The Evolution of IP protection in China

 

China has been heavy in the media lately, mostly because of the US-China Trade War. However, a recent article from the Economist’s Schumpeter blog caught our eye. In the midst of all the news on tariffs, this article, Chinese Firms are not all serial intellectual-property thieves, actually highlights some of the more positive news coming out of China recently.

Intellectual Property (IP) has been a concern for importers since China opened for foreign trade. We previously wrote about contracts and which ones to use to ensure the safety of your IP, IP Proction: NDA or NNN. Recently, according to the above referenced article, a museum has opened in Tiananmen Square honoring American IP protection and was surprisingly well received, especially considering that China only granted its first patent in 1985 (first patent in US was in 1790).

As the article states, the current US administration’s stance on IP in relation to the Trade War gives the impression that the main focus of the Chinese is to steal from Westerners. But Chinese laws on IP have actually improved dramatically in recent years, and fast.

The article highlights two infamous software and trademark violation cases, that of Disney and Michael Jordan settled in 2016, but issues of piracy in China go back decades. Some would cite this as one of the main reasons why Westerners have a negative perception about China.

We have, also, recently started a blog series on this topic as well, Made In China: Quality and Perception. Testament to this negative perception is the fact that 44% of the world’s patent filings in 2017 were related to China, according to the article.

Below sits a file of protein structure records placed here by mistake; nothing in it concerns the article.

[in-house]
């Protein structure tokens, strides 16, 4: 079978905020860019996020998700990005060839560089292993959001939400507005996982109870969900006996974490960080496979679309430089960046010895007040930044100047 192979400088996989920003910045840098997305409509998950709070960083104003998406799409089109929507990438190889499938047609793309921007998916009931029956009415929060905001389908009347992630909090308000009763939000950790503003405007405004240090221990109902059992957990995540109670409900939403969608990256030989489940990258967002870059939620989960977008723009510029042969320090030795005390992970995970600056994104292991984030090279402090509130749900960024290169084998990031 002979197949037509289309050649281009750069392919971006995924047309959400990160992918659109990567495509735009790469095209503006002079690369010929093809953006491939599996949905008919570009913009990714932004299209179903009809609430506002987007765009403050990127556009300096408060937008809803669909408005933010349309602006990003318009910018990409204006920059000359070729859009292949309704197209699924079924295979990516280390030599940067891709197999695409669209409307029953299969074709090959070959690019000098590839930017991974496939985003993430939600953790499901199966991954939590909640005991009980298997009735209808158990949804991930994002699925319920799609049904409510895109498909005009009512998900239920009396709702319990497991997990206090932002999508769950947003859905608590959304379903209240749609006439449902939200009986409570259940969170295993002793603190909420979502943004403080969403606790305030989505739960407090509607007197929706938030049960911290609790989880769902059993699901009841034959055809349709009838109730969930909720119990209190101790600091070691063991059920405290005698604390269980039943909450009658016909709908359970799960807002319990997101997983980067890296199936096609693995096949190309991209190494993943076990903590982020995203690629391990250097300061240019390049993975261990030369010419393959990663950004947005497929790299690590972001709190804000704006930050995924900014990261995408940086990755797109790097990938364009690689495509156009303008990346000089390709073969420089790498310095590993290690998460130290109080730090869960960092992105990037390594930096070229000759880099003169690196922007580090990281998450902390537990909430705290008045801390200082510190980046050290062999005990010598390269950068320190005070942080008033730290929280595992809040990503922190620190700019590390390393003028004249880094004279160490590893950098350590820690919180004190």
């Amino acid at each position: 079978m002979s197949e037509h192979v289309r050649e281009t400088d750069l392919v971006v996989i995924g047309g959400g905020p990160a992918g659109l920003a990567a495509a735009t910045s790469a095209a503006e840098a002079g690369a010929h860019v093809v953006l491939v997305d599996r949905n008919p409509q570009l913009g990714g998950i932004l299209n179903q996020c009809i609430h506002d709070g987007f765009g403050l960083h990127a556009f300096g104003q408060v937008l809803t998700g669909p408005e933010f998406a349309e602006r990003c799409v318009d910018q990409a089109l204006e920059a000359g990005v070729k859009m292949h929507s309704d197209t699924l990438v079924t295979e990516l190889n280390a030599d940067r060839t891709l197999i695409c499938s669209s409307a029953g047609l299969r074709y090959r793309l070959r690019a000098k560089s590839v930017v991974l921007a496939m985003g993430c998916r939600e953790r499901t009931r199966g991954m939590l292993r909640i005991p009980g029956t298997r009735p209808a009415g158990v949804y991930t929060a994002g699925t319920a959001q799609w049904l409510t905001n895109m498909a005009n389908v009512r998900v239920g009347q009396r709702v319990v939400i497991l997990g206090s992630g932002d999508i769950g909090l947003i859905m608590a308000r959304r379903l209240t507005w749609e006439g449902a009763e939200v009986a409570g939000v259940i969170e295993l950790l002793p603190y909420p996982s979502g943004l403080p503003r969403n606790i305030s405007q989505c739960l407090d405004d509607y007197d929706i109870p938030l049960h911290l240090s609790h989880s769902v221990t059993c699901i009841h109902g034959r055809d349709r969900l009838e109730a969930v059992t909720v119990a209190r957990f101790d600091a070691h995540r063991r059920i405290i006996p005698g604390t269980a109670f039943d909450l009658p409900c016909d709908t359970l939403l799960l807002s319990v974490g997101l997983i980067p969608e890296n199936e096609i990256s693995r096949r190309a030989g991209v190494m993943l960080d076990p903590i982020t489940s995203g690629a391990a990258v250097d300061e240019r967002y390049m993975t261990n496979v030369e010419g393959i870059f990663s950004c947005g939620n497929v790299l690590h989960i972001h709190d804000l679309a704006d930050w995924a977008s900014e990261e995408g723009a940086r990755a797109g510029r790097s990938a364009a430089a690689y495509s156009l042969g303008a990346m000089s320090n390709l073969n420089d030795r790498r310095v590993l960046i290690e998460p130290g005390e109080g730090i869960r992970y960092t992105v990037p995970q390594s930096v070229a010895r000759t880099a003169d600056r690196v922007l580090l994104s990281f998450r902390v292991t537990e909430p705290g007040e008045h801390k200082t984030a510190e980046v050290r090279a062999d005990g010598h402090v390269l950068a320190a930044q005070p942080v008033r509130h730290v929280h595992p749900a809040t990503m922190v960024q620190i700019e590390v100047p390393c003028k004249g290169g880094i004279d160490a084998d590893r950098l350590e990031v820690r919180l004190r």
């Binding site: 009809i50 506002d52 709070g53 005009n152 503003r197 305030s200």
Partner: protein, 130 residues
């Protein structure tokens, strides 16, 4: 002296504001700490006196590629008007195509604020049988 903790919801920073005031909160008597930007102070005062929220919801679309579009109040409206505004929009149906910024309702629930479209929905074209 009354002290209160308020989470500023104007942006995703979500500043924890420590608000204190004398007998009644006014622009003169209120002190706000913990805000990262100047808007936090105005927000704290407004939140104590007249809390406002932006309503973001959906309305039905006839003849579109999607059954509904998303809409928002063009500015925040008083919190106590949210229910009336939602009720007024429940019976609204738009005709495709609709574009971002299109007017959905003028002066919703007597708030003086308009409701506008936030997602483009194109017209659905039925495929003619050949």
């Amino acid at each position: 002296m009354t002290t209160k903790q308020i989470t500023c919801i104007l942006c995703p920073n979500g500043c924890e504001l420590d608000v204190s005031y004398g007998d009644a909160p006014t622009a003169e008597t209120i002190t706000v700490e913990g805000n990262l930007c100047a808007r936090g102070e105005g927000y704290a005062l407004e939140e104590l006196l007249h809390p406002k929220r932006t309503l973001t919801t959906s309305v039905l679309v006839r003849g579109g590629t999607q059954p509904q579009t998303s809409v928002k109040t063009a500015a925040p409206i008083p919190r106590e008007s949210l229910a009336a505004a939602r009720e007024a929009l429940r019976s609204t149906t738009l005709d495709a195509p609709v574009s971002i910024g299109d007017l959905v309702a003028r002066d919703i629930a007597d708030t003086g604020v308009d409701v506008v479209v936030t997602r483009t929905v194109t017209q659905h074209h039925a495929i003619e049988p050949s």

Luckily, as Schumpeter points out, “when foreigners do litigate in China. . . they have a higher win rate in patent cases than domestic ones, and are awarded more damages overall.” This is interesting, as others have argued that it’s easier to litigate domestic patent cases.

The China Law Blog also states:

[S]uch lawsuits in China ‘are less time-consuming and less costly than in the U.S. and the country’s courts have developed rapidly over the past several years.’ And, ‘if an injunction is granted in China, it wouldn’t only apply to products sold in the country using the patent in question, but also to the exports of such goods made in China, giving the plaintiff a possible bargaining tool for a licensing deal.’

Schumpeter further notes that most international patents in 2017 came from the Chinese company Huawei. And according to an Alibaba executive, Chinese firms continue to grow, especially in Southeast Asia, and they too have had issues with IP protection. This is interesting to highlight: IP protection isn’t just an issue for western importers but the Chinese as well. And partly because of this, China has become more diligent about protecting ideas.

Despite the progress China has made towards greater IP protection, there are still many loop holes in the IP system, especially in inland regions where local courts are more subject to meddling by provincial government officials looking to protect local copycats. Westerners can protect themselves against this interference by employing a number of IP Protection practices, such as applying for a patent in China, protecting sensitive material, and monitoring access to materials and information.

The Economist article concludes by suggesting that Western pressure has actually helped improve IP protection in China. Without the pressure, IP might not have come so far, as the concept did not initially fall in line with traditional Chinese Communist culture, in which everything belongs to everybody. However, now that Chinese companies are becoming more innovative and needing protection for their own ideas as well, IP protection is becoming better enforced for all.

What measures do you take to protect your IP? And what is your experience with IP in China? Share your experiences with us in the comments below!

 

 

By Jocelyn Trigueros

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